• Collaboration and strategic outsourcing can help you scale and grow — but don’t let quality or standards drop as you expand. If people buy into your business because of the excellence of your creative work, you have to be careful about farming out briefs to junior staff. Quality control and vetting are essential for growing creative businesses.

    Reaching your goals faster

    Want to get started today? Impatience can be a good thing: it will make you work harder and can help you rapidly problem-solve. The hardest thing with any project is the getting going bit, so try to breeze through that as fast as you can.

    • Goals and SMART targets are essential for any new business owner — they will stop you from getting lost in the business quagmire. It’s worth spending some time getting your creative projects and brain under control and learning how to become a super-user of project management tools like Trello — lifesavers when it comes to managing creative briefs.
    • Get advice and help from your network in the form of recommendations and support — don’t forget to post and engage frequently, even when you’re in full-on startup mode. Part of your content and marketing strategy should be community management — don’t fall for these marketing myths and end up becoming a boring broadcaster.
    • If you want to get started on a business idea before you leave your full-time job, then adopting the side hustle mentality can help you become a successful part-time entrepreneur. Buy up an existing website for rapid results (loads for sale on here), and start ploughing your creativity into it in your spare time.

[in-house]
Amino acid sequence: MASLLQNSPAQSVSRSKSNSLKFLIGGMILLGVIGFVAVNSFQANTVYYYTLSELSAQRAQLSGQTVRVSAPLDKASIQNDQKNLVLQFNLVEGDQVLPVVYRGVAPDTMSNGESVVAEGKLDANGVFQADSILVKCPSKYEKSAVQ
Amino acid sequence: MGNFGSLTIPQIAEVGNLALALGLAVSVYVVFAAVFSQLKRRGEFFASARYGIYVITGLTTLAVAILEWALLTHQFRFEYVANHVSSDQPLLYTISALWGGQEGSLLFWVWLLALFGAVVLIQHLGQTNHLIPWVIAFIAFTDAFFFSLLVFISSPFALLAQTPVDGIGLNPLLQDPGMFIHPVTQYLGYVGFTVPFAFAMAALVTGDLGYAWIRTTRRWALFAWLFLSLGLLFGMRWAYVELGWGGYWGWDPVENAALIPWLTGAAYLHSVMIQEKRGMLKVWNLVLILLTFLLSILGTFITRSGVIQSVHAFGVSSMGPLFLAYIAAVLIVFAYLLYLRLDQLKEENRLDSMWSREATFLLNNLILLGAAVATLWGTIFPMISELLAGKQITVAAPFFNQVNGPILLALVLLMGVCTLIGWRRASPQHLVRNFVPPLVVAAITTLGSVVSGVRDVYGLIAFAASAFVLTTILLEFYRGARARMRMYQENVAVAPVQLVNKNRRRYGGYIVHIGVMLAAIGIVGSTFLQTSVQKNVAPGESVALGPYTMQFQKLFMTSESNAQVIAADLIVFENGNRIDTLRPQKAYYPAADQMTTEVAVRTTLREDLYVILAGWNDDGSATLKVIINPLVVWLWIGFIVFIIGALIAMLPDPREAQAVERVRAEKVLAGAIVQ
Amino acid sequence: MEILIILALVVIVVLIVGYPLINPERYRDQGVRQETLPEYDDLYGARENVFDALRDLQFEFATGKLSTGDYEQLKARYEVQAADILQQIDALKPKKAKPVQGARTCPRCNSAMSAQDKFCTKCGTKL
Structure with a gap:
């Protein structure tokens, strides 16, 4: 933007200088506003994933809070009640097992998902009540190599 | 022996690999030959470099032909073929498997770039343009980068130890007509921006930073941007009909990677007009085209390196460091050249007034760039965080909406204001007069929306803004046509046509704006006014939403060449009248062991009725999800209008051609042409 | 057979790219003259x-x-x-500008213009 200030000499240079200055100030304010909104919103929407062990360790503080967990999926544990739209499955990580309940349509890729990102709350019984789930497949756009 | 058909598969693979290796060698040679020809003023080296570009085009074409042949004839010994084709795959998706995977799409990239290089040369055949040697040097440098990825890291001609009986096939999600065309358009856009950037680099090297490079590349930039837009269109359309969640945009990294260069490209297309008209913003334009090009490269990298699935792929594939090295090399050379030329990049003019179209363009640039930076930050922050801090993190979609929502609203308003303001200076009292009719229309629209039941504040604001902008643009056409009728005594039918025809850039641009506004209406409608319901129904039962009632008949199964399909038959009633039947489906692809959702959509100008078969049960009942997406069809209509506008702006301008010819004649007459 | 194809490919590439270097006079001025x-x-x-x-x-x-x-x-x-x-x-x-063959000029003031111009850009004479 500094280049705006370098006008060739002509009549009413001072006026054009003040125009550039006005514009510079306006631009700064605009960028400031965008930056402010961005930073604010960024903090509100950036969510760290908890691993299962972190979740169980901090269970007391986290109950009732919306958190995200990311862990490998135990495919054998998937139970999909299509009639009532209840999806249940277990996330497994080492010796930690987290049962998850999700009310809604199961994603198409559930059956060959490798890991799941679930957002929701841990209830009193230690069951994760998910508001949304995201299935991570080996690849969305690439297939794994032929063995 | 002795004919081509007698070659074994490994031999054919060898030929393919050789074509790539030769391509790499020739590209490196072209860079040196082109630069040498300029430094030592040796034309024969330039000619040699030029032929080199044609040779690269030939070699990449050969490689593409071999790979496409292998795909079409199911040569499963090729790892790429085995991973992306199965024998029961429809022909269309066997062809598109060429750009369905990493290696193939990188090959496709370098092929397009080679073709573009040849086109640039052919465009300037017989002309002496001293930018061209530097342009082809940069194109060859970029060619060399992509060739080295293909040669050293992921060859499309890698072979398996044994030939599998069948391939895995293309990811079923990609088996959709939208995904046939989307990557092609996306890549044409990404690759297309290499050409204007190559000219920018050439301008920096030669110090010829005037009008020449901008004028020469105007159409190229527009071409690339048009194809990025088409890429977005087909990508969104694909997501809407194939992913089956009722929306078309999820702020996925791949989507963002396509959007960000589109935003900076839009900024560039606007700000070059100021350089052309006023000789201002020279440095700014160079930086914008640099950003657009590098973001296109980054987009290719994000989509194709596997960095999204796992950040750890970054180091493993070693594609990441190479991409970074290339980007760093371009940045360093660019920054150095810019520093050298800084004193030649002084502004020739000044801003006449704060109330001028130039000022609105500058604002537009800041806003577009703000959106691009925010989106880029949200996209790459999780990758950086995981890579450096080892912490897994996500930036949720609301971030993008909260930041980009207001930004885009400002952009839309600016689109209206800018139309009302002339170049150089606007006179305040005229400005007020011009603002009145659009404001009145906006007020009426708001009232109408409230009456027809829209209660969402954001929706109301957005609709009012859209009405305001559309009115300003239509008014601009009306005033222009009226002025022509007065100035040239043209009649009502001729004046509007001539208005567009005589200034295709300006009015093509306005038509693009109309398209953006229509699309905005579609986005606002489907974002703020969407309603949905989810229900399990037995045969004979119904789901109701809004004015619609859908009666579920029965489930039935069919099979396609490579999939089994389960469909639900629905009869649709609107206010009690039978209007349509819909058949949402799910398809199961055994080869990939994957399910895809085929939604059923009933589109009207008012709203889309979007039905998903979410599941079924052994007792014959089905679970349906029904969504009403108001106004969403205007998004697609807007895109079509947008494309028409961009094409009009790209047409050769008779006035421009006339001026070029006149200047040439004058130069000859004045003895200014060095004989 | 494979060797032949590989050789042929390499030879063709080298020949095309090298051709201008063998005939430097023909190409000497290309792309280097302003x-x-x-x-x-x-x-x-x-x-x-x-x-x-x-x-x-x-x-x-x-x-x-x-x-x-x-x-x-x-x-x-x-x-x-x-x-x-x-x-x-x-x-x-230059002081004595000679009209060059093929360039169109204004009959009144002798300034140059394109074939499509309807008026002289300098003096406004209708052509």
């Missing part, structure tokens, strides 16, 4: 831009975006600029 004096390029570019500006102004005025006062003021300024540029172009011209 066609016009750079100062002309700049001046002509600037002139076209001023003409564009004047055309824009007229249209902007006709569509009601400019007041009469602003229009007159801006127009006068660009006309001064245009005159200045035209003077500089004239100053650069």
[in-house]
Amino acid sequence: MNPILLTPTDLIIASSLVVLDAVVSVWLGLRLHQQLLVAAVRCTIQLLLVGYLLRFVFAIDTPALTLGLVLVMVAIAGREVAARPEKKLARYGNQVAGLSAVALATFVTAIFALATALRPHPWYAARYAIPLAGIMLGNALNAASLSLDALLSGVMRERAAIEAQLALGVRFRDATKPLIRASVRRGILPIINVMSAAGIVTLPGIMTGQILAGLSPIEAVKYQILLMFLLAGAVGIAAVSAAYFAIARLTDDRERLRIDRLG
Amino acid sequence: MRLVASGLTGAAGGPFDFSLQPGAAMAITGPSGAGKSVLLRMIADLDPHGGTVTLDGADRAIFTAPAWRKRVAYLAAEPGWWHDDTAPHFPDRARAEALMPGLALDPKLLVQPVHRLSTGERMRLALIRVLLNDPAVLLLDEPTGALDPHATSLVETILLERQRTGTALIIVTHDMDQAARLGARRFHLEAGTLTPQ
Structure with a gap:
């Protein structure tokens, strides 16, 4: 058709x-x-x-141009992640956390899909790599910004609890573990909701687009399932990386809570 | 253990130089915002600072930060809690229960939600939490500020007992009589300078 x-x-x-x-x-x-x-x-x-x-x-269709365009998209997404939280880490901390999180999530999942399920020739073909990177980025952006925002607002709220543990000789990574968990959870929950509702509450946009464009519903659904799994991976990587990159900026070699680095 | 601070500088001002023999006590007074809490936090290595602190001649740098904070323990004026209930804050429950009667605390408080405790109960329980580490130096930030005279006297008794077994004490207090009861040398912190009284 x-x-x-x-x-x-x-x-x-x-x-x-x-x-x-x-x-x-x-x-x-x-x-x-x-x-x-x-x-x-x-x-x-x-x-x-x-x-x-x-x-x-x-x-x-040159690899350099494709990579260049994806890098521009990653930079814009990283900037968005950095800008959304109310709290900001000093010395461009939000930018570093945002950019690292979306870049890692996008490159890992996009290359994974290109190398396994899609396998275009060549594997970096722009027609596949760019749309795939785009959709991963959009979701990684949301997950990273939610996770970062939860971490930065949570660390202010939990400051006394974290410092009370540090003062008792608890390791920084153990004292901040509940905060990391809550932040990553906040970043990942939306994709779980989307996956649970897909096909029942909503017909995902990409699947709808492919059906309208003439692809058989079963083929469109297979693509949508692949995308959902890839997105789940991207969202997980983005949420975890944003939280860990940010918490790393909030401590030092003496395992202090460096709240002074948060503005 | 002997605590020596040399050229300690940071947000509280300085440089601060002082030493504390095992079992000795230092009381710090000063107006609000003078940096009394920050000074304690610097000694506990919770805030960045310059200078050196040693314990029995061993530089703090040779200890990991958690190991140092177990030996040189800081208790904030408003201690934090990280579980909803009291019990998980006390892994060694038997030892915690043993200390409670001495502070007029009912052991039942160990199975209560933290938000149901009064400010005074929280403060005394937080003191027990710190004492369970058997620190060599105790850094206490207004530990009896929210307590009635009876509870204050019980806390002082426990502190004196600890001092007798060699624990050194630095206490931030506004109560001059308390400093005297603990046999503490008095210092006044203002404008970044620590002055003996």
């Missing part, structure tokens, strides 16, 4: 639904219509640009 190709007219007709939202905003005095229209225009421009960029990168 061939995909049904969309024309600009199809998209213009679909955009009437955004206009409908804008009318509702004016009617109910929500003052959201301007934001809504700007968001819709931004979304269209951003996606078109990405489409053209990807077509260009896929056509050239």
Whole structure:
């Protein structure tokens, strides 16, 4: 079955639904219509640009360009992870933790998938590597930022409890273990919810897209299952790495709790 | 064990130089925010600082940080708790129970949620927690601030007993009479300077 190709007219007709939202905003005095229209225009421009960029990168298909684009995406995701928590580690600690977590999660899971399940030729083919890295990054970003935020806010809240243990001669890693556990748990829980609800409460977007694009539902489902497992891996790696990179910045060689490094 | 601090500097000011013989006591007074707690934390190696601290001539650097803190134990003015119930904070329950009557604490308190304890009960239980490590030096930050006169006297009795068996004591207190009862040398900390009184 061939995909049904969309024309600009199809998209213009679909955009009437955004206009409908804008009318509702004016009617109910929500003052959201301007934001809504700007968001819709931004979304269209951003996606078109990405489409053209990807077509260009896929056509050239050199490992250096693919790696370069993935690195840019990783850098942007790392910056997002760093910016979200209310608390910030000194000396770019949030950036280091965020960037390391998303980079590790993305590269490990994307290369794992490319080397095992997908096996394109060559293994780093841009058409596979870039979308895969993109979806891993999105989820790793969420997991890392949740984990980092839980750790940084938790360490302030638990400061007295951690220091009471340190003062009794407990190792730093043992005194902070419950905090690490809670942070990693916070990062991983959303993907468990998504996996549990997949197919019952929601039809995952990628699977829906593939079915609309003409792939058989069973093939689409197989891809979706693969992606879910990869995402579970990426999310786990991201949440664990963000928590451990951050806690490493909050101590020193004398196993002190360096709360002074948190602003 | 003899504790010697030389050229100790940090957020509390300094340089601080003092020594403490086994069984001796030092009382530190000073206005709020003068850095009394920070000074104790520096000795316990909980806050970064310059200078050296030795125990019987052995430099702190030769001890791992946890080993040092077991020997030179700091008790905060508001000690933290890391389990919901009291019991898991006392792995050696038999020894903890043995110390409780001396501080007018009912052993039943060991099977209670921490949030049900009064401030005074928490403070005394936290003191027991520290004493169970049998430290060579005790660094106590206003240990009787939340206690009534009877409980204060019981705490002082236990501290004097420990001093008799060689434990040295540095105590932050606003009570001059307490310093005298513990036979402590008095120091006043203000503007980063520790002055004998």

Bringing business in

    Business development and sales need to be at the top of your priority list. Don’t fall into the creative trap of focusing on your branding and marketing, forgetting about actually closing deals.

    • If you are not a ‘closer’, get someone in (even if it’s part-time) to help with your sales, or invest in some coaching or training.
    • There are plenty of ways to find new business, so don’t assume you need to be pounding the networking circuit, or getting on the phones. Social media and client referrals are big for creatives, so focus on great client experiences and social media activity.
    • Investing in a CRM or setting up weekly sales/meeting targets is something that all businesses need to do sooner rather than later. Don’t start worrying about sales when you’re suddenly less busy — it might already be too late by then.

    Finding purpose

    Purpose in your business is important, and not just in a vague, wishy-washy way. Purpose means being satisfied with your ideas, having great standards and procedures, and believing in your business 100%.

    Here are some ways to ensure you stay on track:

    • As the leader of a creative business or agency, you need to embrace visionary thinking and creativity. Don’t let your creative ideas stagnate and become a slave to the business instead — go out and rejuvenate.
    • Invest in people — whether that’s associates, freelancers, clients, or staff. People will make or break your business, so you need to invest in them.
    • Don’t be afraid or reluctant to pivot if that’s the right thing to do. As the digital marketplace evolves so fast, it’s important to remain agile and reactive.

    Taking the initiative and setting up your own business is a brave and bold step to take. Embrace the challenges as useful learning experiences, and don’t let the grind grind you down. After all, this is your opportunity to design a business that works around your priorities and fosters the values that mean the most to you. It’s never too early to think about company culture — it all starts with you.